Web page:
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440 Effect of Geriatric Assessment and Intervention on Overall Survival Among Older Adults with Hematologic Malignancies

Program: Oral and Poster Abstracts
Type: Oral
Session: 905. Outcomes Research—Malignant Conditions (Lymphoid Disease): Outcomes Research Real World Data Myeloma
Hematology Disease Topics & Pathways:
Elderly, Study Population
Sunday, December 6, 2020: 1:00 PM

Sarah A Wall, MD1, Ying Huang, MS, MA2*, Nicholas Yuhasz3*, Colin Kloock4*, Edmund Folefac, MD5*, Carolyn Presley, MD5* and Ashley Rosko, MD1

1Division of Hematology, Department of Internal Medicine, The Ohio State University, Columbus, OH
2Division of Hematology, The Ohio State University, Columbus, OH
3Comprehensive Cancer Center, The Ohio State University, Columbus, OH
4College of Medicine, The Ohio State University, Columbus, OH
5Division of Medical Oncology, The Ohio State University, Columbus, OH

Background: Older adults with hematologic malignancies have inferior survival outcomes due to multiple factors including under-treatment, drug toxicity, treatment discontinuation and concerns of frailty. However, aging is heterogeneous and chronological age is a poor indicator of underlying health. Standardizing the approach to identify frailty is an unmet need in malignant hematology. We have established a multi-disciplinary clinical model designed to identify frailty and develop personalized treatment based on objective measures of health. We have standardized a geriatric assessment (GA) model to identify vulnerability, frailty and geriatric syndromes. Here we report, the largest cohort to date, of older adults with hematologic malignancies (HM) depicting geriatric deficits and interventions with long-term clinical outcomes.

Methods: From Feb 2016 to October 2019, 311 older adults with HM were evaluated in our multi-disciplinary Cancer and Aging Resiliency (CARE) clinic. The CARE clinic is a 7-member team prescriptively evaluating the following domains: pharmacy, audiology, psychosocial needs, nutrition, physical functioning, and cognition. Geriatric syndromes were documented by CARE physician. Referral to CARE clinic is recommended for patients 60 years of age or older but all referrals are accepted independent of age. Data was abstracted by retrospective chart review. Descriptive statistics for patient characteristics, frailty measures, and prescribed interventions in each of the GA domains were provided. Univariable and multivariable Cox models were fit to associate clinical factors with OS. OS by Rockwood Clinical Frailty Scale and deficits in activities of daily living (ADLs) was evaluated by Kaplan-Meier method. Correlation between number of geriatric syndromes, clinical frailty score, and deficits in ADLs and instrumental ADLs (IADLs) was also assessed.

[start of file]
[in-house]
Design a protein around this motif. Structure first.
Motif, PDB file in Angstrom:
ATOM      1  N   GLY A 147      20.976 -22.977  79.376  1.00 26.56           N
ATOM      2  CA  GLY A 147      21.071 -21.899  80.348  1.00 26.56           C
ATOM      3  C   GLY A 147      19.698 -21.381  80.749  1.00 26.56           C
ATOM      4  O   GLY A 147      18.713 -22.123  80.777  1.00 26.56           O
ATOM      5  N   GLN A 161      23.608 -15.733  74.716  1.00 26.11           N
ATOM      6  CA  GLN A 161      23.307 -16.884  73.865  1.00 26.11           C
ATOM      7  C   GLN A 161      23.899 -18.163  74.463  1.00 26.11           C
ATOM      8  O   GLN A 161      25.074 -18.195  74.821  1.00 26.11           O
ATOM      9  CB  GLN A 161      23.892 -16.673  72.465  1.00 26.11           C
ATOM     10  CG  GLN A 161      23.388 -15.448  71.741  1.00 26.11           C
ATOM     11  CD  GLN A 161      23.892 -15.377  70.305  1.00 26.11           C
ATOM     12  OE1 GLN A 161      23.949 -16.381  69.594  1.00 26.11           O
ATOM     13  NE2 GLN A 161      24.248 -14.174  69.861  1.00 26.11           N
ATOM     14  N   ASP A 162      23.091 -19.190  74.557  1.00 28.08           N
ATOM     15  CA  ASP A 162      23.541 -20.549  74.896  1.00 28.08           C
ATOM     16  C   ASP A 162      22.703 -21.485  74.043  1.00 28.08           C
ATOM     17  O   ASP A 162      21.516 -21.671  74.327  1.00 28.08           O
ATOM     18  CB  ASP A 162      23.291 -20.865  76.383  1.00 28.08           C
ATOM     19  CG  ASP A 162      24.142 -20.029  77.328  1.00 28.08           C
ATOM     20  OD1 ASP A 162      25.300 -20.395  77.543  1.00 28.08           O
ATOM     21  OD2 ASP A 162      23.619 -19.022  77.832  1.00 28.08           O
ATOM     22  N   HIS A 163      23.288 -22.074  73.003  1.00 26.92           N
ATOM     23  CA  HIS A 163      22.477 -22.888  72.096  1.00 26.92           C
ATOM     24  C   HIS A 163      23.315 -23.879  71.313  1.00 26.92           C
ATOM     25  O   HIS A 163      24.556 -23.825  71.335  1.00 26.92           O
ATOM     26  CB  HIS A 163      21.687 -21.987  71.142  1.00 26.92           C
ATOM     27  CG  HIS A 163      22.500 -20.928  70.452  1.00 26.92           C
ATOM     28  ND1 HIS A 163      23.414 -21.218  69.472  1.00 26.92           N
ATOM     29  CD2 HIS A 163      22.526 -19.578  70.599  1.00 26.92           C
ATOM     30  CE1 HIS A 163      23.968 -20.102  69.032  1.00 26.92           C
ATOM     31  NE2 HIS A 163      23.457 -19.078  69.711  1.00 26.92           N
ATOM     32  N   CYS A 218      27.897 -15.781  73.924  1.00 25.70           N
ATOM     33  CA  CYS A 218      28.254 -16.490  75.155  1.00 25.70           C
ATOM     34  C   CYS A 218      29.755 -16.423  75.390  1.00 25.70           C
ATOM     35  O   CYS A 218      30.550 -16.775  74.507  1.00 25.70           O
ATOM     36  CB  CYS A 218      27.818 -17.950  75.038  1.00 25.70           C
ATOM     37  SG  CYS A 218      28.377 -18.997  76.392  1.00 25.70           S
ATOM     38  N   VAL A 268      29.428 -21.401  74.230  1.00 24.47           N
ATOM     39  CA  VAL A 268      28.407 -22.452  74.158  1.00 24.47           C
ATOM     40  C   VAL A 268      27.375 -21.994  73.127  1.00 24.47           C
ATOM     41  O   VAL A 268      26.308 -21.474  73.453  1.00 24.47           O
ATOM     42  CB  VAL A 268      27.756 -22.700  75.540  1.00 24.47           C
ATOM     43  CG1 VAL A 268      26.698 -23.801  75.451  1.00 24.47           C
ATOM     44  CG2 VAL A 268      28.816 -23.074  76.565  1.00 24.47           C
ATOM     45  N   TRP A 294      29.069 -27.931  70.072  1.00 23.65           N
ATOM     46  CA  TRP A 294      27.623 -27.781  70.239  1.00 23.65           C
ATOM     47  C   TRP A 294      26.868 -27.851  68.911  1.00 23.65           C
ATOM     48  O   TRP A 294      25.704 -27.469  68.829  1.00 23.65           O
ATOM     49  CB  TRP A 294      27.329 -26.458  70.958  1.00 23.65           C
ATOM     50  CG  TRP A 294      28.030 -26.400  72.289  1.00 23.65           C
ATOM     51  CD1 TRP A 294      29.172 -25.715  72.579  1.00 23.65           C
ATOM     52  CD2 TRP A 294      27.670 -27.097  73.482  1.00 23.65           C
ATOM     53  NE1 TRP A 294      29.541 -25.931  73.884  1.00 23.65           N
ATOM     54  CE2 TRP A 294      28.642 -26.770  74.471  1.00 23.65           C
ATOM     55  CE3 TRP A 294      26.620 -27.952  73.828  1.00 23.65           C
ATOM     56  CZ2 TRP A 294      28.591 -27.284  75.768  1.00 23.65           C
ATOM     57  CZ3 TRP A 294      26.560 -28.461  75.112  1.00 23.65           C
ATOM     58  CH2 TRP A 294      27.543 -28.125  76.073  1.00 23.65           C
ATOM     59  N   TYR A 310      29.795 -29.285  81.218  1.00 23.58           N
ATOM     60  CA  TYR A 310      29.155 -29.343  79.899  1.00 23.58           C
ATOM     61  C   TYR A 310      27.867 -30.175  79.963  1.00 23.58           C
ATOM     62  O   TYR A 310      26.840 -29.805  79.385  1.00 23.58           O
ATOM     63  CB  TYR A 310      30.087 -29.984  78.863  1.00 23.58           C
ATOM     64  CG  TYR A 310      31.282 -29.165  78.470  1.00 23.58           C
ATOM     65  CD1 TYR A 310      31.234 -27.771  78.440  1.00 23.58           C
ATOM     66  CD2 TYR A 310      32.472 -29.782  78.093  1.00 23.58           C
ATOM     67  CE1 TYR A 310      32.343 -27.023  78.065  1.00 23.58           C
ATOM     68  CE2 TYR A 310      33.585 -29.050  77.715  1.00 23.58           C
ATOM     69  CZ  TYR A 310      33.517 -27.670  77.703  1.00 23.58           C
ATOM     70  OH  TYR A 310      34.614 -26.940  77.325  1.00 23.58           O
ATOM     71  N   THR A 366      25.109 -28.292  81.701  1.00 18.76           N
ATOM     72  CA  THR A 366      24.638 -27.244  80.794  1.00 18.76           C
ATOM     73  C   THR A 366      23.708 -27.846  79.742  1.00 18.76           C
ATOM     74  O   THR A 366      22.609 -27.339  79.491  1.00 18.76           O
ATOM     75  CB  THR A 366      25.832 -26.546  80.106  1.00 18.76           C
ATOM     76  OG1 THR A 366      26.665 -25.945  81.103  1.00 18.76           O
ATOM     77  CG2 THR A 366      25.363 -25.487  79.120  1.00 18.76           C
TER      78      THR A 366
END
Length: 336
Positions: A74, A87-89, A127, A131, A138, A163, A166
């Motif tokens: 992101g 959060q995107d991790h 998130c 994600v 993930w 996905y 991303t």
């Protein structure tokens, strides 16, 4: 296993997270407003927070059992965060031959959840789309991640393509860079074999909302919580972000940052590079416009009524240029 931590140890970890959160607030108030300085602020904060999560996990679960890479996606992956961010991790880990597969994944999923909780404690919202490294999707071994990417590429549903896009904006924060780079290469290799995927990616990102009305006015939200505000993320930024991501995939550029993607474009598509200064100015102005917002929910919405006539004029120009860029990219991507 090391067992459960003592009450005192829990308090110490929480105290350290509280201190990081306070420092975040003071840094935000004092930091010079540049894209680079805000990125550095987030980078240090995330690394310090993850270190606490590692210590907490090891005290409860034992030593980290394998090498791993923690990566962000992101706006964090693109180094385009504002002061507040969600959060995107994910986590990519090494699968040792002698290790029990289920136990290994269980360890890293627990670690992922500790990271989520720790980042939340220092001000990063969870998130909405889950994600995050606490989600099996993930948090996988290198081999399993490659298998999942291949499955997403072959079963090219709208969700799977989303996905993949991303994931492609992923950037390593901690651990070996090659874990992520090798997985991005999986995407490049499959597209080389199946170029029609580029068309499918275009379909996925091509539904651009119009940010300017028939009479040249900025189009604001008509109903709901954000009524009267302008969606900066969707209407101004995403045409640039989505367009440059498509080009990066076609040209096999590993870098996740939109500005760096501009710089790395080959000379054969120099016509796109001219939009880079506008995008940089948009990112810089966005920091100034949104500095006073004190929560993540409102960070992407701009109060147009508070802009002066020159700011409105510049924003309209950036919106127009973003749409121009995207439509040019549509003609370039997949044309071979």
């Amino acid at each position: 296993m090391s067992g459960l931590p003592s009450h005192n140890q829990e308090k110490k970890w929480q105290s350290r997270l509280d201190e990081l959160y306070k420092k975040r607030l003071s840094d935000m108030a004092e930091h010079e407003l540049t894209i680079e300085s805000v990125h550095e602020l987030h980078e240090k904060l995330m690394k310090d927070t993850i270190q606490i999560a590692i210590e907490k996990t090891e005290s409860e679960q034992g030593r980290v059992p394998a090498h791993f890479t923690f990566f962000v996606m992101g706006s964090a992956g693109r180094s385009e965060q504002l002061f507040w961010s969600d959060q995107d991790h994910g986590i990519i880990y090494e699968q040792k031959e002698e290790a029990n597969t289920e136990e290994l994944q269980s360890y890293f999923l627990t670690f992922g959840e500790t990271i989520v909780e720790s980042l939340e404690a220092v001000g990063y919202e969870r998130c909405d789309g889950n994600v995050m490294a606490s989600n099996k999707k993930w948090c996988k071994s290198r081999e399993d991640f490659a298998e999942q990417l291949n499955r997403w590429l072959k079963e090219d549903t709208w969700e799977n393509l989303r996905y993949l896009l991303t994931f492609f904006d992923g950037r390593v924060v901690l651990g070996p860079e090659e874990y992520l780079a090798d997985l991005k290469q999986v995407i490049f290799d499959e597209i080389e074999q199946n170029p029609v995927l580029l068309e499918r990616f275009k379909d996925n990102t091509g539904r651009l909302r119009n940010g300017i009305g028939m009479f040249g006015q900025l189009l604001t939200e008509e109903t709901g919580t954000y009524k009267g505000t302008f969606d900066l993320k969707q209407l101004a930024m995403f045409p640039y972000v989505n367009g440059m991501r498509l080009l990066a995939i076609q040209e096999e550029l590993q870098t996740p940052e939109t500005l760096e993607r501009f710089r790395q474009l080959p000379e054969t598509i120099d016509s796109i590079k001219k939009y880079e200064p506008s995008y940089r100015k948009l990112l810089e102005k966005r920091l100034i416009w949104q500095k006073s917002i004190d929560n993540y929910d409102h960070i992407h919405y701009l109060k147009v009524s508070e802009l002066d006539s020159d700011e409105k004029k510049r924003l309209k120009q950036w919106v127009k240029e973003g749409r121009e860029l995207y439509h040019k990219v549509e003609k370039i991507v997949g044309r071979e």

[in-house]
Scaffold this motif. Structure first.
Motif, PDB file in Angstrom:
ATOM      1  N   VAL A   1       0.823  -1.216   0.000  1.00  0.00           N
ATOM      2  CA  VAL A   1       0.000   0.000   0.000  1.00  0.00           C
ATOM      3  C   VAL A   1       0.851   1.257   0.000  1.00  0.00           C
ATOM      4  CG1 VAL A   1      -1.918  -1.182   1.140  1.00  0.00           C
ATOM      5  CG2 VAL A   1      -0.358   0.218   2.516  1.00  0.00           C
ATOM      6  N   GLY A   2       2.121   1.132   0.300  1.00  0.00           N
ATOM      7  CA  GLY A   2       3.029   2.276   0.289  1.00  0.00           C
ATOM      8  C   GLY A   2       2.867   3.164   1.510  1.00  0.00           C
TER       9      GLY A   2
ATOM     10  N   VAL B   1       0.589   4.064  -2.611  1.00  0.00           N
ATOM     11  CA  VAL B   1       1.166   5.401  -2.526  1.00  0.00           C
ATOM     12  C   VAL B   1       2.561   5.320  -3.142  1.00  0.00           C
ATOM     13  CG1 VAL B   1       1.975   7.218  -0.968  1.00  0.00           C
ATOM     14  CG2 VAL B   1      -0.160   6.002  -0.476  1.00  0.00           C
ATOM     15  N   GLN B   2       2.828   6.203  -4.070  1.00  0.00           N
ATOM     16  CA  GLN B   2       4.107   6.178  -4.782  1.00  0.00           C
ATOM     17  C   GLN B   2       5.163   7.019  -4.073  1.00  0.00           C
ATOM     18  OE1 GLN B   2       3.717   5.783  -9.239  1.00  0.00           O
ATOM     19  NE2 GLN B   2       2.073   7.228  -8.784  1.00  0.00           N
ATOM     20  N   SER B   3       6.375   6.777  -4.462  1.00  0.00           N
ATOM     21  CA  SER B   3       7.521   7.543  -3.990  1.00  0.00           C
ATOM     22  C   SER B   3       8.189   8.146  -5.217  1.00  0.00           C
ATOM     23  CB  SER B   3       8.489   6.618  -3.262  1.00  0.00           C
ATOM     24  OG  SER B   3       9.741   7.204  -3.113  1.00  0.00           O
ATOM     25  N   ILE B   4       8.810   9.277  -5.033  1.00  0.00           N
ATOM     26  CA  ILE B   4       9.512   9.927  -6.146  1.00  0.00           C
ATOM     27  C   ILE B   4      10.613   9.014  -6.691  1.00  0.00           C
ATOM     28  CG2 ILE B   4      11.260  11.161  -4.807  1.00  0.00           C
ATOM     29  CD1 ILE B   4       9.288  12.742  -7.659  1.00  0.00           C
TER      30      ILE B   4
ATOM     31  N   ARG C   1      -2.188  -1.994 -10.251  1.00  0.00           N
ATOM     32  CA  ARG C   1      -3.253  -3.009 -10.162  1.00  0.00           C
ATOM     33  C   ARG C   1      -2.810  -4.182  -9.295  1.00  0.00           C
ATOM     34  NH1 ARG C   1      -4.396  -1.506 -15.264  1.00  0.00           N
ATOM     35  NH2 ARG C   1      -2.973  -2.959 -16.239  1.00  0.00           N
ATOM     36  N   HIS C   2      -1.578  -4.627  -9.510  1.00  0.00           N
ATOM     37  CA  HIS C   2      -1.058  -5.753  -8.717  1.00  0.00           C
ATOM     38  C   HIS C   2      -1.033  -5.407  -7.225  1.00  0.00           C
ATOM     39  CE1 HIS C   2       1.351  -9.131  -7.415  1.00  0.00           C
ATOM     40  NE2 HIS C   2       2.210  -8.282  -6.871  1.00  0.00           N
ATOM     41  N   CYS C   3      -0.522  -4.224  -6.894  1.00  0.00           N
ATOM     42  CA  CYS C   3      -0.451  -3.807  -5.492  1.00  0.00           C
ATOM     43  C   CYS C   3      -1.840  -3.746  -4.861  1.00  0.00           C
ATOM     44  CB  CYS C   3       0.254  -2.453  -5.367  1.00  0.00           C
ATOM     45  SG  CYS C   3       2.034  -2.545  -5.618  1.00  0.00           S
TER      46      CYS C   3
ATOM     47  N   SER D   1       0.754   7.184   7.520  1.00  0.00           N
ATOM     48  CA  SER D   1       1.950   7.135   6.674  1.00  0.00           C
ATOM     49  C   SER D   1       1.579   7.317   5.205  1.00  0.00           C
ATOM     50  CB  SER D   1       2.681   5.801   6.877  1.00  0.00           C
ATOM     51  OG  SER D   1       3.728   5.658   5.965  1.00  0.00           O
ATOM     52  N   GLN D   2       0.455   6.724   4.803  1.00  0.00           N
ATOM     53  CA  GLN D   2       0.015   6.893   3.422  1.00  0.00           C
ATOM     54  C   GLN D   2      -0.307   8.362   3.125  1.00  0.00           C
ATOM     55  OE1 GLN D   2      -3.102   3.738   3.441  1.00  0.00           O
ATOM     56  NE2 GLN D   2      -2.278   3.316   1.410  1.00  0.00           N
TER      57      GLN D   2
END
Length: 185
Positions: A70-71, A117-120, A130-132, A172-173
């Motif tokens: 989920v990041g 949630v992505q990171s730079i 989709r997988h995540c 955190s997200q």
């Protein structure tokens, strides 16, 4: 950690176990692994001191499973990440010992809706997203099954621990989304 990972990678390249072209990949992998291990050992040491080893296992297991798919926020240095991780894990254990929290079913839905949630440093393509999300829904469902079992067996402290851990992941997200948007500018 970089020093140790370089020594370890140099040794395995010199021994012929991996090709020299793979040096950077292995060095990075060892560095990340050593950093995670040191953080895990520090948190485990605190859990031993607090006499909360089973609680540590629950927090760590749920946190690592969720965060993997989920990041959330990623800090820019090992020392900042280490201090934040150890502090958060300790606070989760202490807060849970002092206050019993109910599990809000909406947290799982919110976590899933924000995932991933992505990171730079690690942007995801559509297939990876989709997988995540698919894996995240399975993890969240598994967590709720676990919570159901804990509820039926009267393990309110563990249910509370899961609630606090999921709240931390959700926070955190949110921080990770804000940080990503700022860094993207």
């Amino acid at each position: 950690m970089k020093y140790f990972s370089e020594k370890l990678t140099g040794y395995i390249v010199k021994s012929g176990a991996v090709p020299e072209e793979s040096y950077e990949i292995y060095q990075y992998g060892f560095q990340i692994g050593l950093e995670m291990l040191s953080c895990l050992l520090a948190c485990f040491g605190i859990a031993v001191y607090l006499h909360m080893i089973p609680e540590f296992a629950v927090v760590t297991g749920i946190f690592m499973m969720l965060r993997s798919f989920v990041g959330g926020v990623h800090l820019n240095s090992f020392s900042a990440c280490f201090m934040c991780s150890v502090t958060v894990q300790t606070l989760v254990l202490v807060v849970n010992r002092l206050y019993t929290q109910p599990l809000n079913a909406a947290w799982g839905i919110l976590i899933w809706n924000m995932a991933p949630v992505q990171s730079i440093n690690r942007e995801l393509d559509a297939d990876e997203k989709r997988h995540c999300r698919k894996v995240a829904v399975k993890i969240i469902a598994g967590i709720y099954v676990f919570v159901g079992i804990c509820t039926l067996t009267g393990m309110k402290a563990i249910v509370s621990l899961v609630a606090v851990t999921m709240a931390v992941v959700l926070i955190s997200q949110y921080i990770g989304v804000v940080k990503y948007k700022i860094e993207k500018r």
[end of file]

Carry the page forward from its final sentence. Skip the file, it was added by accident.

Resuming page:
Results: Over the 42-month study period, 311 older adults with HM with a median age of 75.9 years were evaluated in CARE clinic. Key demographic features and the frequency of specific frailty measures are outlined in table 1.Geriatric interventions were common with 59% requiring 1-2 interventions and 34% requiring 3+ interventions. In univariable analysis, any degree of frailty by Clinical Frailty Scale (Hazard Ratio [HR]: 2.63, 95% Confidence Interval [CI]: 1.43-4.82, p <0.01) and increasing number of geriatric syndromes (HR:1.13, 95% CI: 1.00-1.27, p = 0.04) were associated with inferior OS. In both univariable and multivariable analyses, 10-year increase in age (multivariable HR: 2.05, 95% CI:1.44-2.91, p<0.01), deficit in ADL (multivariable HR: 2.60, 95% CI: 1.38-4.87, p<0.01), diagnosis of acute leukemia (multivariable HR: 4.53, 95% CI:1.91-10.78, p<0.01), and prescribed nutrition intervention (multivariable HR: 2.04, 95% CI: 1.32-3.15, p<0.01) were associated with inferior OS. Anemia was also associated with OS in both univariable and multivariable analysis (multivariable HR for 1 g/dL increase in hemoglobin: 0.79, 95% CI: 0.69-0.91, p<0.01). Additional variables for univariable and multivariable analyses are presented in table 2. There was significant correlation between the Clinical Frailty Scale and number of geriatric syndromes (Spearman correlation p < 0.01). The same was true of correlation between ADL or IADL deficits and Clinical Frailty Scale (p < 0.01 for both). OS by Clinical Frailty Scale and ADL deficit is pictured in figure 1.

Discussion: The Clinical Frailty Scale is predictive of OS among older adults with HM. GA-directed intervention is warranted in the vast majority of older adults with HM. In univariable analysis, Clinical Frailty Scale, increasing age, anemia, high risk HM, and increasing geriatric syndromes are associated with inferior OS. In multivariable analysis, age, anemia, and high risk HM remain significant. Nutrition and physical function are key modifiable risk factors predictive of inferior OS. Prospective studies focusing on geriatric interventions are warranted in this population with an emphasis on modifiable risk factors. This demonstrated prognostic significance of both geriatric assessments and interventions in older adults with HM should give way to future improvements in OS, quality of life, and treatment tolerability through GA-directed intervention.

Disclosures: No relevant conflicts of interest to declare.

*signifies non-member of ASH